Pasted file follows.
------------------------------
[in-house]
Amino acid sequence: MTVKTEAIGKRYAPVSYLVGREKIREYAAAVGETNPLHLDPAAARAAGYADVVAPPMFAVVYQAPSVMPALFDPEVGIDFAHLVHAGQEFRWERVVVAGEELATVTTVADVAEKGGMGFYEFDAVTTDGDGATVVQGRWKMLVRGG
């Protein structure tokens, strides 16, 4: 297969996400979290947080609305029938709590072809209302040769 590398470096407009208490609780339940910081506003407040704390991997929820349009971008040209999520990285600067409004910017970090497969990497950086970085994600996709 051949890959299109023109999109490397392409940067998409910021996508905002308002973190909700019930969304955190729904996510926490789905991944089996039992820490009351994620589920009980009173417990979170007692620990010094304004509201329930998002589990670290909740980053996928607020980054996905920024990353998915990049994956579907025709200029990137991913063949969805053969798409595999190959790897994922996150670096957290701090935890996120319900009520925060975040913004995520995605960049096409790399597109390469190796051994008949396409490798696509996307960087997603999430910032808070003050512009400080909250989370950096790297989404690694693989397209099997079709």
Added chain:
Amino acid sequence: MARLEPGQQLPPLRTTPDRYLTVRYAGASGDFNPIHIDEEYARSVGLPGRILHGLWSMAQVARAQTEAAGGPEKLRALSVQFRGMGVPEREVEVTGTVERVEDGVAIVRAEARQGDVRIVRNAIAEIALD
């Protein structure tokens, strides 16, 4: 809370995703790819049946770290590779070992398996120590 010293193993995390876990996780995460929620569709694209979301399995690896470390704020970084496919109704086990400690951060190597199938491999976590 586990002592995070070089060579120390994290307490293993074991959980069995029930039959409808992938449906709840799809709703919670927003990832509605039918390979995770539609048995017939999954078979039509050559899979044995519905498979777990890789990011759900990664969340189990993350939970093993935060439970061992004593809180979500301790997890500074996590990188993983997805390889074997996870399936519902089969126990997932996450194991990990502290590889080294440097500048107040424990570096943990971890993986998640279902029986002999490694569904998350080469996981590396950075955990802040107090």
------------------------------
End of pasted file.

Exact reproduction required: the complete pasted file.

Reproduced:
[in-house]
Amino acid sequence: MTVKTEAIGKRYAPVSYLVGREKIREYAAAVGETNPLHLDPAAARAAGYADVVAPPMFAVVYQAPSVMPALFDPEVGIDFAHLVHAGQEFRWERVVVAGEELATVTTVADVAEKGGMGFYEFDAVTTDGDGATVVQGRWKMLVRGG
């Protein structure tokens, strides 16, 4: 297969996400979290947080609305029938709590072809209302040769 590398470096407009208490609780339940910081506003407040704390991997929820349009971008040209999520990285600067409004910017970090497969990497950086970085994600996709 051949890959299109023109999109490397392409940067998409910021996508905002308002973190909700019930969304955190729904996510926490789905991944089996039992820490009351994620589920009980009173417990979170007692620990010094304004509201329930998002589990670290909740980053996928607020980054996905920024990353998915990049994956579907025709200029990137991913063949969805053969798409595999190959790897994922996150670096957290701090935890996120319900009520925060975040913004995520995605960049096409790399597109390469190796051994008949396409490798696509996307960087997603999430910032808070003050512009400080909250989370950096790297989404690694693989397209099997079709």
Added chain:
Amino acid sequence: MARLEPGQQLPPLRTTPDRYLTVRYAGASGDFNPIHIDEEYARSVGLPGRILHGLWSMAQVARAQTEAAGGPEKLRALSVQFRGMGVPEREVEVTGTVERVEDGVAIVRAEARQGDVRIVRNAIAEIALD
């Protein structure tokens, strides 16, 4: 809370995703790819049946770290590779070992398996120590 010293193993995390876990996780995460929620569709694209979301399995690896470390704020970084496919109704086990400690951060190597199938491999976590 586990002592995070070089060579120390994290307490293993074991959980069995029930039959409808992938449906709840799809709703919670927003990832509605039918390979995770539609048995017939999954078979039509050559899979044995519905498979777990890789990011759900990664969340189990993350939970093993935060439970061992004593809180979500301790997890500074996590990188993983997805390889074997996870399936519902089969126990997932996450194991990990502290590889080294440097500048107040424990570096943990971890993986998640279902029986002999490694569904998350080469996981590396950075955990802040107090």